Prep Wrestling

Elkader Central adds girls' division for annual wrestling tournament

HS journalism: Coach Joe Koehn hopes to grow his team and sport

Elkader Central wrestling coach Joe Koehn is adding a girls’ division to the school’s annual invitational in hopes of  growing his numbers and the sport. (Samuel Nemechek/Elkader Central senior)
Elkader Central wrestling coach Joe Koehn is adding a girls’ division to the school’s annual invitational in hopes of growing his numbers and the sport. (Samuel Nemechek/Elkader Central senior)

ELKADER — Central High School will become the 11th school in Iowa and the third Class 1A school to start a girls’ wrestling team.

The hope is to compete in the Central Invitational on Jan. 5, as well as other tournaments with a girls’ division.

“The state has been working on trying to get the support and numbers for a girls’ division for the last couple years.” said head wrestling Coach Joe Koehn, “So it’s been a thought for a while. It was just waiting for a time to capitalize or an opportunity to do it. Nearby schools that are hosting a girls’ division are Waverly-Shell Rock and Independence. The two other 1A schools will be Wilton and Oakland-Riverside. This year is the first year in the history of Iowa high school wrestling that there will be a girls’ division in tournaments.”

Koehn talked with activities director Trevor Hunt, principal Aaron Reinhart, superintendent Nick Trenkamp and the youth wrestling board to get permission. Then, he contacted wrestling administrator Lewie Curtis with the Iowa High School Athletic Association and asked for information about girls’ wrestling. He informed Curtis that Elkader Central would like to host a girls’ division.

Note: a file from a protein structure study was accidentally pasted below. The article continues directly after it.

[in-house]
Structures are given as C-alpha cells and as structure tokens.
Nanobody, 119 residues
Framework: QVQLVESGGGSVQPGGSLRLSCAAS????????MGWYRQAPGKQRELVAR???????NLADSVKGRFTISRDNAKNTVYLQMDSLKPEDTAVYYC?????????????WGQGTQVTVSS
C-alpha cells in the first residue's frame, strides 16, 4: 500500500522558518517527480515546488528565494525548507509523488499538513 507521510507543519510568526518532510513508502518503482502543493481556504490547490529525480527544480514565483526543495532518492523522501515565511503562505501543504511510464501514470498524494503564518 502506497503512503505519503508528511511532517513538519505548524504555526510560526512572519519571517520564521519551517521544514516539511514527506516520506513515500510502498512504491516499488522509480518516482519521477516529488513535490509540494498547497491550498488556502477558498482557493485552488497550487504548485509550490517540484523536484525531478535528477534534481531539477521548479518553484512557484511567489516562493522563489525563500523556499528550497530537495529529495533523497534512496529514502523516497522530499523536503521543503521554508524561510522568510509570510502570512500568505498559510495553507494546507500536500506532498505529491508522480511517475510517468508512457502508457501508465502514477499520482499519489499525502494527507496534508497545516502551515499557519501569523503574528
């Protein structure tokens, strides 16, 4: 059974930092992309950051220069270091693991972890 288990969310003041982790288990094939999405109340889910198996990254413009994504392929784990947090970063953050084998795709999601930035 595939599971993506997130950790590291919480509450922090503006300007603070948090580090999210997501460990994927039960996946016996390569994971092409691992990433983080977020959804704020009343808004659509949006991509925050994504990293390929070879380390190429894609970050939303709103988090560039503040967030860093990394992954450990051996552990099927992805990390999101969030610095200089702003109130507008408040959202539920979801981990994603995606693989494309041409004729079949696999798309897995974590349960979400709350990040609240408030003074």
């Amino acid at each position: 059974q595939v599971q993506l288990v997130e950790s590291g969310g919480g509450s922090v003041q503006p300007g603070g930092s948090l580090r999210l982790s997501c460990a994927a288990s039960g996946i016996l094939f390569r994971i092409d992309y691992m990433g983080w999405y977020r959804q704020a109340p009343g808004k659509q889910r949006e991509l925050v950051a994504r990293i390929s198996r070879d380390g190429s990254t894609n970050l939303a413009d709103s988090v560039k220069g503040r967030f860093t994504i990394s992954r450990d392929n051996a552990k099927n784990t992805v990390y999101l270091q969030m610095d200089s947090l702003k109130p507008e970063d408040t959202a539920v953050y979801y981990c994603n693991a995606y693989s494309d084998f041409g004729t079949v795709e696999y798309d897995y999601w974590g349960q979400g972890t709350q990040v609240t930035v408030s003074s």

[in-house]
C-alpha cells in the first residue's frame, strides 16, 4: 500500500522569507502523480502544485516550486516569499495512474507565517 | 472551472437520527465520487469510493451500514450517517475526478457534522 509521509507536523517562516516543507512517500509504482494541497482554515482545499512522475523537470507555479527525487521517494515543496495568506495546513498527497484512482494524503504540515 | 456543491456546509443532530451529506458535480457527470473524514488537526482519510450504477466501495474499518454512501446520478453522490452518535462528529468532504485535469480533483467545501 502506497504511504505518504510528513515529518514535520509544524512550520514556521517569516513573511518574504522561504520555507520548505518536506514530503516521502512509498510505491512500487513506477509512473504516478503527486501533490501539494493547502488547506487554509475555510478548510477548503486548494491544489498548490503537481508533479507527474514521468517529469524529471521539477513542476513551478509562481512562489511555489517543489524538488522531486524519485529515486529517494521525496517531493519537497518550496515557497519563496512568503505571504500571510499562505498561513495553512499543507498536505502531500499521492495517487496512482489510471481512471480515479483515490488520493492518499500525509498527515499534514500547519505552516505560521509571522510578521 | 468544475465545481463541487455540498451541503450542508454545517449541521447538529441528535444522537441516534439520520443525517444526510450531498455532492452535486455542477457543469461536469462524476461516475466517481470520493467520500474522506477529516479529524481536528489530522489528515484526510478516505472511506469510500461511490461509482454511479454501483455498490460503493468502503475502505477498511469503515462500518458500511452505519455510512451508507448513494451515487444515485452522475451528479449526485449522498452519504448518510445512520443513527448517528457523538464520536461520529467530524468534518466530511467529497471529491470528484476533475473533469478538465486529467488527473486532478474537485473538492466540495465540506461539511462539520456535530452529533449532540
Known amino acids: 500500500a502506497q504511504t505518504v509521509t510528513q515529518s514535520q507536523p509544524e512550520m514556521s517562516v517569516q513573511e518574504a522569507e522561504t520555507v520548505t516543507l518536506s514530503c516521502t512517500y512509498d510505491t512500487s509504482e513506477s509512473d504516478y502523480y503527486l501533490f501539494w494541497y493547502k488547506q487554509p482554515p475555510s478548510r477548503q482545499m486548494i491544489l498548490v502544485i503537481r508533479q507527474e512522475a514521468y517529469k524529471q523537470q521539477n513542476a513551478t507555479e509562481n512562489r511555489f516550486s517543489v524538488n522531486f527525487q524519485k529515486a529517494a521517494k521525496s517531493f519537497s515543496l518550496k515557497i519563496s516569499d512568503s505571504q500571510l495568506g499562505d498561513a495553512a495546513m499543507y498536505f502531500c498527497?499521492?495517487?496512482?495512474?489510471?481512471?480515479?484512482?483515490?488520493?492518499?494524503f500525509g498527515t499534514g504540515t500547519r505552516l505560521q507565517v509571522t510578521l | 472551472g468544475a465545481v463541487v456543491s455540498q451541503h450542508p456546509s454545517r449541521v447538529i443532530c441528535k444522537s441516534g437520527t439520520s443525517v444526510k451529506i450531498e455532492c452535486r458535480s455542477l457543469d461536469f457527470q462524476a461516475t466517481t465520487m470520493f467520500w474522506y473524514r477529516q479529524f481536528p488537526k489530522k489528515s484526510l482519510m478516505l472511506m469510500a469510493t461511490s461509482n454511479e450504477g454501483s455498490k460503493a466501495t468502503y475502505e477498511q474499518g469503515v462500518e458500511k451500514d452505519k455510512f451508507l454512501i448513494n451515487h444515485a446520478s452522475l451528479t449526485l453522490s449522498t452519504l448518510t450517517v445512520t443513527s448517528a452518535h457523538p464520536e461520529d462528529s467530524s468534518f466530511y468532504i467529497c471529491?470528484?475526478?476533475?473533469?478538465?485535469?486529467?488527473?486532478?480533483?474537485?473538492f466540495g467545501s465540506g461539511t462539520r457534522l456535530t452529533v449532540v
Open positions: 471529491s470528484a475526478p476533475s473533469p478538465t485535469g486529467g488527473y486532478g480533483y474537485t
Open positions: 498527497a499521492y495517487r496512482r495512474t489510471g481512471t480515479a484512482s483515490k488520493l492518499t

Koehn and assistant coach Issac Frieden are hosting a girls’ division at Central’s annual tournament in hopes of raising enough interest for an Elkader team to compete. Currently, Central’s wrestling team couldn’t be smaller so getting girls involved would raise numbers overall.

“There just isn’t enough girls throughout the entire state to set up girls’ wrestling teams with duals, triangulars and quads, but this is in the making and will be available in the near future with hard work and support from throughout the state,” Koehn said. “Last year there was nearly 100 high school girls that wrestled, which has been increasing greatly over the last few years and becoming one of the fastest growing sports in America.”

Outside of coaching wrestling, Koehn works as a salesman for Central Tank Coatings, Inc. He lives in St. Olaf with his dog, Leonard, and also coaches junior high wrestling, football and track and field. Koehn wrestled in high school and has loved the sport his entire life, and wants to see the sport grow.

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